8051 MCU Training Board for Educational Purposes

At the Chemnitz University of Technology we use to teach the computer science students how to program in assembly language (i.e. how to program processors directly). As exemplary processor-target the wide spreaded 80×86 architecture was used. Of course, the primary reason for this target was the fact that development host and the test system are the same.

Over the years the software has evolved and you cannot leave the students working with some outdated technology such as DOS. Instead, they start asking you: “Hey, with what kind of antiquated tools we are forced to work here?” As a result, their interest in the matter is reduced significantly. This is not true for all students, but for the broad mass.

Now one would ask why it is not possible to write assembly programs in the framework of modern operating systems such as Linux or Windows. Of course, it is well possible. But these operating systems restict the use of several important features due to safety reasons. This is especially true for IO related stuff (interrupts etc.).

So the decision has been made to switch at least partly to a micro controller based system where one has total control

Of course, there are also other options to cope with the limitations. Virtual machines or even complete simulators are an example. However, working with a real hardware is much more fun. Also, the students can identify themself much better with a small piece of hardware rather than with a big complicated system. And the more fun, the better the learning curve. Additionally, the field of micro controllers became extremely important during the last years.

Because there were no suitable evaluation boards available, we decided to built one by ourself. So it was finally my task to do this while I got some help from Ralph Schlosser, a student in Chemnitz.

Basic Hardware:

The training board is based on an 8051 derivate from Cypress (AN2131SC). This MCU has an integrated USB interface that can also be used to load programs into the system. This makes it quite easy and simple to use. The USB interface is actually not just a simple interface. It plays a key role in the MCU as it can take full control on the actual micro controller.

Here’s a list of some AN2131SC features:

  • 256 bytes internal RAM (part of 8051)
  • around 8kB RAM for code and external data
  • 18 digital IO lines
  • complex USB interface
  • 2 UARTs
  • 3 Timers
  • 24MHz clock (4 clocks per instruction cycle)

For more information refer to the manufacturer’s web site:


The used development software is running under Linux.

First of all there is an appropriate USB-driver (kernel module) needed. A free one that has been written by Tony Cureington is available here:

A small free assembler (as31) has been written by Ken Stauffer and it can be downloaded from here:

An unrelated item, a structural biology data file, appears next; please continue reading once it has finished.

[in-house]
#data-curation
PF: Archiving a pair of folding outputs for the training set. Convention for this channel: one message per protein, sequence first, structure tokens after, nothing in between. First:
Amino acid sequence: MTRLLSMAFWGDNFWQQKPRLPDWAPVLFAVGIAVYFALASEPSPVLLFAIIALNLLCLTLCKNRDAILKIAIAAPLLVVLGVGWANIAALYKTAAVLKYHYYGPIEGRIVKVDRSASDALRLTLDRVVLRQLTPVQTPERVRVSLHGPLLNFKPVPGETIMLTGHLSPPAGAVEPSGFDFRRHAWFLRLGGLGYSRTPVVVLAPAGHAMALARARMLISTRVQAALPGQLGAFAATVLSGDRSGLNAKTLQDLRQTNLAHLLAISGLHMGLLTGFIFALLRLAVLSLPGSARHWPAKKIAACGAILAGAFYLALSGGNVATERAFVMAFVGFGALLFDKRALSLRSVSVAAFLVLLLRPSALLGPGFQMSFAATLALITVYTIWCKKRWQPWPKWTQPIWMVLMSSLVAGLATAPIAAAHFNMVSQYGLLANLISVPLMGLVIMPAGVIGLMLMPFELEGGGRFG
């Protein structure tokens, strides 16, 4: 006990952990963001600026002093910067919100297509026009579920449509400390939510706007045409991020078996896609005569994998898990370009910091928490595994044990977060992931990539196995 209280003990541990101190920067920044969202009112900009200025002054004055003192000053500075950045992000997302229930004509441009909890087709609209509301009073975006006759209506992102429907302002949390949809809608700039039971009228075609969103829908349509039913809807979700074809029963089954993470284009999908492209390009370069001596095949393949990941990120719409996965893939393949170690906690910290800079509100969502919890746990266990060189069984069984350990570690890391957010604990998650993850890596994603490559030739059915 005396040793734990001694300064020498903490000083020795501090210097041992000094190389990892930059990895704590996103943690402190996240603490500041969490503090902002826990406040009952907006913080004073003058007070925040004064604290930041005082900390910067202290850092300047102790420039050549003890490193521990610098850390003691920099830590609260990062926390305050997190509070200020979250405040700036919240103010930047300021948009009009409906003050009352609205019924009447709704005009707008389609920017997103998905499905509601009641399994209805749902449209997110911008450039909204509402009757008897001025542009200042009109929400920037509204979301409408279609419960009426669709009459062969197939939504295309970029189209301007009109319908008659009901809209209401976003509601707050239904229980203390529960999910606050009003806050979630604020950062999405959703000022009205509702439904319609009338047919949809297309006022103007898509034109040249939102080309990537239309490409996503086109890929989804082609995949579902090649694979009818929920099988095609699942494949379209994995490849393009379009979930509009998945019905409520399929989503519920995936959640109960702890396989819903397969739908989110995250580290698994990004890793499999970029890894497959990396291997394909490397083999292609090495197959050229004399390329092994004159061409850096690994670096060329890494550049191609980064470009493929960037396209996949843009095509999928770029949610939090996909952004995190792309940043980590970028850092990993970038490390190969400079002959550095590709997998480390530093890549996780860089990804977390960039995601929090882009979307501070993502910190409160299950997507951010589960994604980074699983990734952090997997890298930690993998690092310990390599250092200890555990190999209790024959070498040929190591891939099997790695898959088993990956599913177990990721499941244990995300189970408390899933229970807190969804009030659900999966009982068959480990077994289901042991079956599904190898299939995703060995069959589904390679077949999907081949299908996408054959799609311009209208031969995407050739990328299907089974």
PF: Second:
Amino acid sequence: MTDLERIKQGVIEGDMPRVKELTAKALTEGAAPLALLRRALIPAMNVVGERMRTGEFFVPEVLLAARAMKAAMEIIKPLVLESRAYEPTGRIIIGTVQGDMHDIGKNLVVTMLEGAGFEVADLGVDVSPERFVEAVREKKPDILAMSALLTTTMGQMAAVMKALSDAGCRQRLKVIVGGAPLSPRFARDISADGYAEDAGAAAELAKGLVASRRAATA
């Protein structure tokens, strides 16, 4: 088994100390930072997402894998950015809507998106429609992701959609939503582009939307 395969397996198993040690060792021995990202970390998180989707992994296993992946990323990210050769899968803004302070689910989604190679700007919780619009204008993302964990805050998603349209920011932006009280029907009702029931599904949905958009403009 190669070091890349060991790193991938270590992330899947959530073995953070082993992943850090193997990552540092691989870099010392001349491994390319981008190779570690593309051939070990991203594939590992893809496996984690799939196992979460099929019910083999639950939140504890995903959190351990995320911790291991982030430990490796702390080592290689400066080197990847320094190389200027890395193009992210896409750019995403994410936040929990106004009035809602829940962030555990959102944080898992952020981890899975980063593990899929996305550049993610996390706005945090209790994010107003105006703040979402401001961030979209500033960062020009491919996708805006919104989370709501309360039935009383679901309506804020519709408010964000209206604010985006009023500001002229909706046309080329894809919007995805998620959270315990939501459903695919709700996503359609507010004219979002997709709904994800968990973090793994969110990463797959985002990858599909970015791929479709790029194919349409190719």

IO-Stuff implemented on the Board:

The training board contains the following components:

  • two simple LEDs (a red and a green one)
  • two passively debounced buttons, that can also be used to trigger interrupts
  • two 7-Segment displays that need to be driven in a time-multiplex fashion in order to display two different values
  • a piezo-ceramic sonic converter (can also be controlled via timer output which simplifies the handling significantly)
  • a standard RS232 serial interface (RxD and TxD) primarily intended for some kind of serial console
  • USB interface, of course primarily for uploading programs and to provide power
  • 8kB serial EEPROM that can be used to store a program in the case of autonomous (without USB) operation

Some Pictures:

The following picture is a view from above the board.

Most of the aforementioned components are clearly visible. The bigger chip in the middle is the AN2131SC micro controller.

The two ICs at the left side of the board are a standard logic D-FlipFlop (74HCT74) and NANDs (74HCT00). Both are related to the buzzer handling.

Below the standard 9Pin SUB-D connector for the serial port is the RS232 level converter (left) and the serial EEPROM (right) visible.

Above the 7-Segment displays two standard logic inverter ICs (74HCT04) can be found. They are needed for the control of the displays. Besides the inverter functionality, they convert 3.3V logic levels to 5V logic levels that are needed for the blue LEDs.

A small reset button can also be found bottom-left.

At the left and the right side the board is prepared for taking up expansion connectors. Almost all signals of the MCU are available there and might be used for other applications. The bottom side is looking as following.

There’s not much to say here. The circuitry in the lower-left area can be called the end-stage for the 7-Segment displays. These are a few (four dual) MOSFETs and current-limiting resistors. Finally, a perspective view showing the board in action.


If you are interested in more details, just send me an Email: Mario.Trams@digital-force.net